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E-300 Enhanced Collection System

The Future Imagery Architecture (FIA) is the NRO's initiative to define, acquire and operate the next generation imagery satellite architecture. The Enhanced Imaging System (EIS) represented the next generation of raw source material for exploitation within the US Imagery and Geospatial Information System (USIGS) Architecture, NIMA and NIMA's external customers. EIS consists of two effectivities, E-300 and E-305, that will provide new capabilities to the USIGS. The USIGS must be capable of tasking, processing, archiving, disseminating, and exploiting EIS data. Many aspects of E-300 and E-305 will impact NIMA USIGS systems and programs which must be carefully assessed for proper integration throughout its entire life-cycle. Data format changes (E-300-Enhanced Collection System (ECS)) and new capabilities (E-305-new radar capability) will result from these two effectivities.

Advanced Optical Systems

By the late 1990s NASA was studying a proposed Next Generation Space Telescope. The NGST was to be a much larger version of the Hubble Space Telescope (8 to ten meters aperture, versus 2.7 meters). The cost of the NGST was to be a fraction of the HST, ~0.5B versus >$1B. The need was therefore for technologies that can increase the collecting area by ~10X while simultaneously reducing the mission cost by a factor of two or more.

Lightweight optics are of crucial importance in weight and cost reduction. The purpose of the primary mirror in a telescope is to collect and focus the light. The function of the rest of the telescope is to support and point the mirror with precision, and to collect the data by CCD. If the mirror can be made lighter, then the rest of the system (mirror cell, tube, mount, etc) become much lighter also. The telescope costs less and becomes easier to move around. The ratio of telescope weight to primary mirror is quite high. It is about 6 for space telescopes. If the mirror weight can be reduced by a factor x, then the overall telescope weight can be reduced by at least 6x. This is an underestimate since the ratio of system mass to mirror area is not a linear function.

There are a number of competing lightweight optic technologies (lightweight glass, beryllium, silicon carbine, etc). The figure of merit used for comparison is areal density, defined as mirror area divided by mirror mass. Using the lightest material, beryllium (which is toxic), the achievable areal density (ratio of collecting area to mirror weight) is about 20 kilograms per meter squared (20 kg/m2). As a reference point, the areal density of the Hubble Space Telescope primary mirror (glass with egg crate support) is about 180 kg/m2.

The traditional way of making mirrors starts with a piece of glass which is ground and polished to shape and coated with a reflecting surface, usually aluminum. The aluminum film reflects and focuses the light, not the glass. The function of the glass is to keep the aluminum in the proper shape. This traditional technique is limited by the need for a minimum substrate thickness that will not distort or allow print-through of support structures.

The replication technique for mirror production uses a mandrel, usually glass, which is first polished to shape. A piece of graphite fiber reinforced composite (GFRC) material is then applied. After curing the GFRC forms a shell which has the shape of the mandrel. The shell is separated from the mandrel and coated with a reflecting surface. In the replication process the GFRC shell is only as thick as it needs to be to maintain optical shape, typically a few millimeters.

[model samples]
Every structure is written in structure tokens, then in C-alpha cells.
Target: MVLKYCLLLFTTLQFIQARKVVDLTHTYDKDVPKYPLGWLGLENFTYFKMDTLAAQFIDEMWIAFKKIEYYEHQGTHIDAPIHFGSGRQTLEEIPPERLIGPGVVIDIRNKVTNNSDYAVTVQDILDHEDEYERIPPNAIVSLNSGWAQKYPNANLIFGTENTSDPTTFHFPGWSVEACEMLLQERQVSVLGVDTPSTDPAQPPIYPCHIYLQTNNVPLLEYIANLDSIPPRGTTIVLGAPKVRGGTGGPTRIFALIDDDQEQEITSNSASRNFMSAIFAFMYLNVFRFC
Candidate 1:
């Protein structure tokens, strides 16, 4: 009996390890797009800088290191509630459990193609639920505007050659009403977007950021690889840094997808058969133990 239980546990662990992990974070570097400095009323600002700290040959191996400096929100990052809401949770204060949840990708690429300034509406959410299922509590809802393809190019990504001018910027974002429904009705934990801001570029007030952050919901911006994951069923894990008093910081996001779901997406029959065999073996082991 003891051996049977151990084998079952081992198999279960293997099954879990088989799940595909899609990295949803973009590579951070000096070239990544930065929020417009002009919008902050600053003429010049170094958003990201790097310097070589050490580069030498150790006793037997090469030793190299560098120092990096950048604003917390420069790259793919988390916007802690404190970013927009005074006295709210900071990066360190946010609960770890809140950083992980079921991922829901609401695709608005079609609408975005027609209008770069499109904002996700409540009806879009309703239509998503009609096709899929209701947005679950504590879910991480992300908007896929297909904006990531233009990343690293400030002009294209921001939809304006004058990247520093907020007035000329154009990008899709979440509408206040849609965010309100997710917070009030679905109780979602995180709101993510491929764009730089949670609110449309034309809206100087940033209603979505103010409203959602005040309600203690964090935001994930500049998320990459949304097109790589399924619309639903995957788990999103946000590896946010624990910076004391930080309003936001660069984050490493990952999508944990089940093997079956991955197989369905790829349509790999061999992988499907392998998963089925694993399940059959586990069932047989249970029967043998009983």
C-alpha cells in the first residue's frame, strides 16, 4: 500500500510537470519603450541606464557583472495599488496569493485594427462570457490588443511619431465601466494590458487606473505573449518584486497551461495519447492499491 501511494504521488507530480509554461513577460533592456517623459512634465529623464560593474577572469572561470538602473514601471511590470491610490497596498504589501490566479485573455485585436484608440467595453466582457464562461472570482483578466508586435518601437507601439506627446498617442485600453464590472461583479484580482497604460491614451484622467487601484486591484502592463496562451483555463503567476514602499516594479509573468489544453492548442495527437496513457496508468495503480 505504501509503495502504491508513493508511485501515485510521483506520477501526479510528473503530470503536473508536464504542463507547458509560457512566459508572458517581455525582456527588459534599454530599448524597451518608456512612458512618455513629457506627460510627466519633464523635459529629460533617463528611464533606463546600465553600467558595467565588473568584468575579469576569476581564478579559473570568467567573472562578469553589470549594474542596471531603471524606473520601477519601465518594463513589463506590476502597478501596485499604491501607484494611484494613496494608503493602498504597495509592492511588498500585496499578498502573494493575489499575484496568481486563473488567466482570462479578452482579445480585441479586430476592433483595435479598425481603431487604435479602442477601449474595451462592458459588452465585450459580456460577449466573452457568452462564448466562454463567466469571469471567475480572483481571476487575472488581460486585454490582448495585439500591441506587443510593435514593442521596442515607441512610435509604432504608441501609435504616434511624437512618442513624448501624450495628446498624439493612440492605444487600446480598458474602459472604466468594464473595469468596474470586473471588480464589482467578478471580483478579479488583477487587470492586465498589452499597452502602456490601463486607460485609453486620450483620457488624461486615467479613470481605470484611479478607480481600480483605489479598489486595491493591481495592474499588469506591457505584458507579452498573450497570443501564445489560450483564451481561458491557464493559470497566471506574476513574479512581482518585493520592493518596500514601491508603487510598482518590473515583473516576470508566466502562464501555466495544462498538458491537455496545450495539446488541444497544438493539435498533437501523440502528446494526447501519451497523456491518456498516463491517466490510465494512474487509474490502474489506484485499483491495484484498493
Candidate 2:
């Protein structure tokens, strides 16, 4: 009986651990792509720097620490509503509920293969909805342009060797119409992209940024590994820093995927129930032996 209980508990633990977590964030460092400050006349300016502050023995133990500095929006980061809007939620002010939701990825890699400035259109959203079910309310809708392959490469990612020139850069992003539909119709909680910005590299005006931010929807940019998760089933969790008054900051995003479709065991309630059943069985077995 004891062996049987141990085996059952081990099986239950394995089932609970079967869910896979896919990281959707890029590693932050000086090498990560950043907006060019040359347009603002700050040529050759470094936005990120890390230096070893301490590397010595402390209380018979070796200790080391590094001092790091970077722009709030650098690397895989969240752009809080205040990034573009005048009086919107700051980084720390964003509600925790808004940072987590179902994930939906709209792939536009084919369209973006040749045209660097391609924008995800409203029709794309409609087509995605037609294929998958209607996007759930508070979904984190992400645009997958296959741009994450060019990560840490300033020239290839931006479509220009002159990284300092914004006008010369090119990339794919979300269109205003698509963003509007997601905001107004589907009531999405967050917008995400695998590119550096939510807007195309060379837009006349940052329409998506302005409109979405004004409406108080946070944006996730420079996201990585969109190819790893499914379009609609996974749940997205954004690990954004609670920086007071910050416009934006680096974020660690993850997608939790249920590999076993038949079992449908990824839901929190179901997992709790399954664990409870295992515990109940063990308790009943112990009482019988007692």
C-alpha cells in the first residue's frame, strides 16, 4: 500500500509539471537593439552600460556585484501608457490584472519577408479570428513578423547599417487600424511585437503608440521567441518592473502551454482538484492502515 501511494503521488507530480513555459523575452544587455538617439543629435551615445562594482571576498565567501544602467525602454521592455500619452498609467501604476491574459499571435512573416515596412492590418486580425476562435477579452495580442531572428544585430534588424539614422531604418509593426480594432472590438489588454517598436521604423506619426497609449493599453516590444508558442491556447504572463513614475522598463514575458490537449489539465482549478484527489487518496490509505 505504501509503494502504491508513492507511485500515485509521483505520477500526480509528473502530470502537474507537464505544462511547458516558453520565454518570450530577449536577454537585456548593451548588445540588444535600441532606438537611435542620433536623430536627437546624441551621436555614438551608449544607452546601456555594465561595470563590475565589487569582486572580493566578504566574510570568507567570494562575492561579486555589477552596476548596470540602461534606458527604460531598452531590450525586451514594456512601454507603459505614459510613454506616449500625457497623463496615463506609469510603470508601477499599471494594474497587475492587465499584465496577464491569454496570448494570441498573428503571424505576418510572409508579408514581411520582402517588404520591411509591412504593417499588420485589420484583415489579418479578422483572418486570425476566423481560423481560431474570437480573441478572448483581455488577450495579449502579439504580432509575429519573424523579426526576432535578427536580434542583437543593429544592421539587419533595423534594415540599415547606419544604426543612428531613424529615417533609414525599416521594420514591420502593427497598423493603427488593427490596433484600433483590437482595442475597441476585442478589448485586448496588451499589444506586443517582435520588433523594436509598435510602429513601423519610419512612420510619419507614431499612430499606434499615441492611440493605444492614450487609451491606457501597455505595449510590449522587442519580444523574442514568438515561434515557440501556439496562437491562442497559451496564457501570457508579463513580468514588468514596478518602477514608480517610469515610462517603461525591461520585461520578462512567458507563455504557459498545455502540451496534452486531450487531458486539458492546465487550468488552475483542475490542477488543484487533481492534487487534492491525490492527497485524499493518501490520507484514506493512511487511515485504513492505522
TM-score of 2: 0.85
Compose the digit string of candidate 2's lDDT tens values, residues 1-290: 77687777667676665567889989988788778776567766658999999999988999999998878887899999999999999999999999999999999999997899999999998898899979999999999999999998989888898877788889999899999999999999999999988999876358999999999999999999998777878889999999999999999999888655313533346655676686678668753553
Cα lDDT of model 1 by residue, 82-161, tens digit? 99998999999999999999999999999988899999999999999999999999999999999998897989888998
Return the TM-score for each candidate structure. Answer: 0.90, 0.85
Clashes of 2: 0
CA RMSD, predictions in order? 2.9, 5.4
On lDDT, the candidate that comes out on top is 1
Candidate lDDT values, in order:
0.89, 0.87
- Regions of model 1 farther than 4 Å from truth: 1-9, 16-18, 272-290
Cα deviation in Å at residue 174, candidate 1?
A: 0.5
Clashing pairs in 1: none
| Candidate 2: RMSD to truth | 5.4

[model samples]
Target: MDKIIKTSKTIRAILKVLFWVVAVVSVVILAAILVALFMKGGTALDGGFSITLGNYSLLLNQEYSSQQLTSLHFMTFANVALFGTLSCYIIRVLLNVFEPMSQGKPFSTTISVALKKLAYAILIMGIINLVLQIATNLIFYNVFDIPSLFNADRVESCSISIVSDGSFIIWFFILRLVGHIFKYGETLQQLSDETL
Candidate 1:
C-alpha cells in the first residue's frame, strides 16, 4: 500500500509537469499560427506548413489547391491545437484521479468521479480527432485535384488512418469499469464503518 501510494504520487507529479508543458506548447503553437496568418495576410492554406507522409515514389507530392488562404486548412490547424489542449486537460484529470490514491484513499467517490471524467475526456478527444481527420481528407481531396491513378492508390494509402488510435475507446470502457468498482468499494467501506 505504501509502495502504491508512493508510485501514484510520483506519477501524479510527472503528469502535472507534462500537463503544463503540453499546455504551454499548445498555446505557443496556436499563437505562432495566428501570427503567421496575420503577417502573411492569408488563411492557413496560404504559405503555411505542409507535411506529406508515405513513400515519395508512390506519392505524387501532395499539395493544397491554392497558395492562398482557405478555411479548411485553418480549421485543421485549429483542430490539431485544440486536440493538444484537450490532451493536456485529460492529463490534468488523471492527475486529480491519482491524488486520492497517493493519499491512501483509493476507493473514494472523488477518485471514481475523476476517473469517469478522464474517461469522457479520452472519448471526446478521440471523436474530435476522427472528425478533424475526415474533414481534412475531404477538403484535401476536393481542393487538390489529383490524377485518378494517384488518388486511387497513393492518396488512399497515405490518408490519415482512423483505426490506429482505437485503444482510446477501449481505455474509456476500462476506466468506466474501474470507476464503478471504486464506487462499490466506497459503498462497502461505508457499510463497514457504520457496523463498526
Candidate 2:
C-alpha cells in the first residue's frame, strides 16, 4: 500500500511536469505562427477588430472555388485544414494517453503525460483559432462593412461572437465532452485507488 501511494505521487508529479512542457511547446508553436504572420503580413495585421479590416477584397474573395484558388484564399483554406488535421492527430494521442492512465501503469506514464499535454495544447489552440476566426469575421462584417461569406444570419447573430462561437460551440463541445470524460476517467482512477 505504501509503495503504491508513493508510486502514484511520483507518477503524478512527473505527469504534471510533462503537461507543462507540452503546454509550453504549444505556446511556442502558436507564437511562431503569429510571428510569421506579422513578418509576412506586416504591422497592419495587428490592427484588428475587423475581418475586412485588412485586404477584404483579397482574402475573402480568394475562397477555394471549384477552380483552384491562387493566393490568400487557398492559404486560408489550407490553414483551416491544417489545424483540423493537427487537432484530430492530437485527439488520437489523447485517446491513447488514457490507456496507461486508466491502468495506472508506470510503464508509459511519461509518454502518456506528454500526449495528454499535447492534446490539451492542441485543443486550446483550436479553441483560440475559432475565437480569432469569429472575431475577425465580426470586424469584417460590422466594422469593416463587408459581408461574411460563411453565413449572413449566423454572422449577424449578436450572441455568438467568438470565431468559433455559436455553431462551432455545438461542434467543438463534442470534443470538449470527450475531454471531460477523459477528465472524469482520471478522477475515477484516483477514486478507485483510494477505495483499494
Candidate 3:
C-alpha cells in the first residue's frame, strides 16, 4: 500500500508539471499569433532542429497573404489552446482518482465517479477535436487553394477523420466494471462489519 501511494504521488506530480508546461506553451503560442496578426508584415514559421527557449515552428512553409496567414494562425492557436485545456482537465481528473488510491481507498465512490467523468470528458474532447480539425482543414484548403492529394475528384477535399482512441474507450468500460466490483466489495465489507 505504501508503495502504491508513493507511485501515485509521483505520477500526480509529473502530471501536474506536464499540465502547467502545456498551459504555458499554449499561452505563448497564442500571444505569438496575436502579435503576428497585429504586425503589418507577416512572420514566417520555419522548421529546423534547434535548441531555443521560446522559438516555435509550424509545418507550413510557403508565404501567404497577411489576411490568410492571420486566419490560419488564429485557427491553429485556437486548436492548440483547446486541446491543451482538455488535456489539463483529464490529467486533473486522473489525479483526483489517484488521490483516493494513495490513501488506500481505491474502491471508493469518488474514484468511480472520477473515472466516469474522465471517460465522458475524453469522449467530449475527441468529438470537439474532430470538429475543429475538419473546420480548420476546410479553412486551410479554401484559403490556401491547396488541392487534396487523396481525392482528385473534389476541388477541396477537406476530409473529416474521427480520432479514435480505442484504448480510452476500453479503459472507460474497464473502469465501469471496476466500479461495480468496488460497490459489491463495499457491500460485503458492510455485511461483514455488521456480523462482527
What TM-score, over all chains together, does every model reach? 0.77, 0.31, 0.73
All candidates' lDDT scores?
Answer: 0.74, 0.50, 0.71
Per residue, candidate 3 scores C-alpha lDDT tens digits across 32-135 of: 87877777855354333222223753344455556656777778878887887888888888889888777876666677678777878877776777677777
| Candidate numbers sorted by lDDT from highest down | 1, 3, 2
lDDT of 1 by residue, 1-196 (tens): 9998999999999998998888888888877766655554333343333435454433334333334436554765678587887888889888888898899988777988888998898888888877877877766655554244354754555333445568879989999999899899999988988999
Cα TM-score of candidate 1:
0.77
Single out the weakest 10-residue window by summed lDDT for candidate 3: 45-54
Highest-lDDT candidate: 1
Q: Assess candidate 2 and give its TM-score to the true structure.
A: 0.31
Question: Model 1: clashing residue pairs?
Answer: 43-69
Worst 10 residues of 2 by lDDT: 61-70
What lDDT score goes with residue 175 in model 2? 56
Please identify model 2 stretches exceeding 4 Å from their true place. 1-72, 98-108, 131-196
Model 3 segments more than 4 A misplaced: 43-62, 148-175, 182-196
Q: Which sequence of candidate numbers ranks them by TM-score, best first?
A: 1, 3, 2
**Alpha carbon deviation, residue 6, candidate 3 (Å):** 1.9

2005 FIA Restructure

In July 2005 a panel reviewing FIA recommended that Boeing stop work on the electro-optical spacecraft, the primary component of the FIA program. Boeing evidently had over-promised and under delivered. While Boeing was experienced with launch vehicles and communication satellites, it had little experience in large electro-optical systems. The launch of the first electro-optical spacecraft had slipped from 2005 to 2009. The House Permanent Select Committee on Intelligence Subcommittee on Technical and Tactical Intelligence met in executive session on July 22, 25, and 26 2005 to hold hearings on the results of the Future Imagery Architecture Red Team Review. Testimony was heard from departmental witnesses.

Roger Roberts, the veteran Boeing executive who oversaw the company's intelligence programs, abruptly stepped down in August 2005. Boeing named Howard E. Chambers vice president and general manager of Space & Intelligence Systems (S&IS), an operating division of Integrated Defense Systems (IDS). Chambers reported to Jim Albaugh, president and chief executive officer of Boeing's Integrated Defense Systems. Chambers was responsible for leading the people, programs and assets of the company's intelligence and space programs. These include Boeing's Satellite Development Center, Information Systems, Mission Systems and critical elements of the Future Imagery Architecture program. He also was Chief Executive Officer of Boeing Satellite Systems International, Inc.

In September 2005 it was reported that the Defense Secretary Donald H. Rumsfeld and National Intelligence Director John D. Negroponte had decided to take away from Boeing Co. much the multibillion-dollar Future Imagery Architecture contract as a result of cost overruns and delays. Intelligence officials decided to transfer much of the work to rival Lockheed Martin.

Under the revised plan, Lockheed would build the electro-optical satellite. Lockheed Martin undertook to build a spacecraft from spare parts from the current generation of secret electro-optical reconnaissance satellites. Boeing would continue developing the less complex imaging radar spacecraft, which was the smaller portion of the program. Boeing remained the prime contractor.




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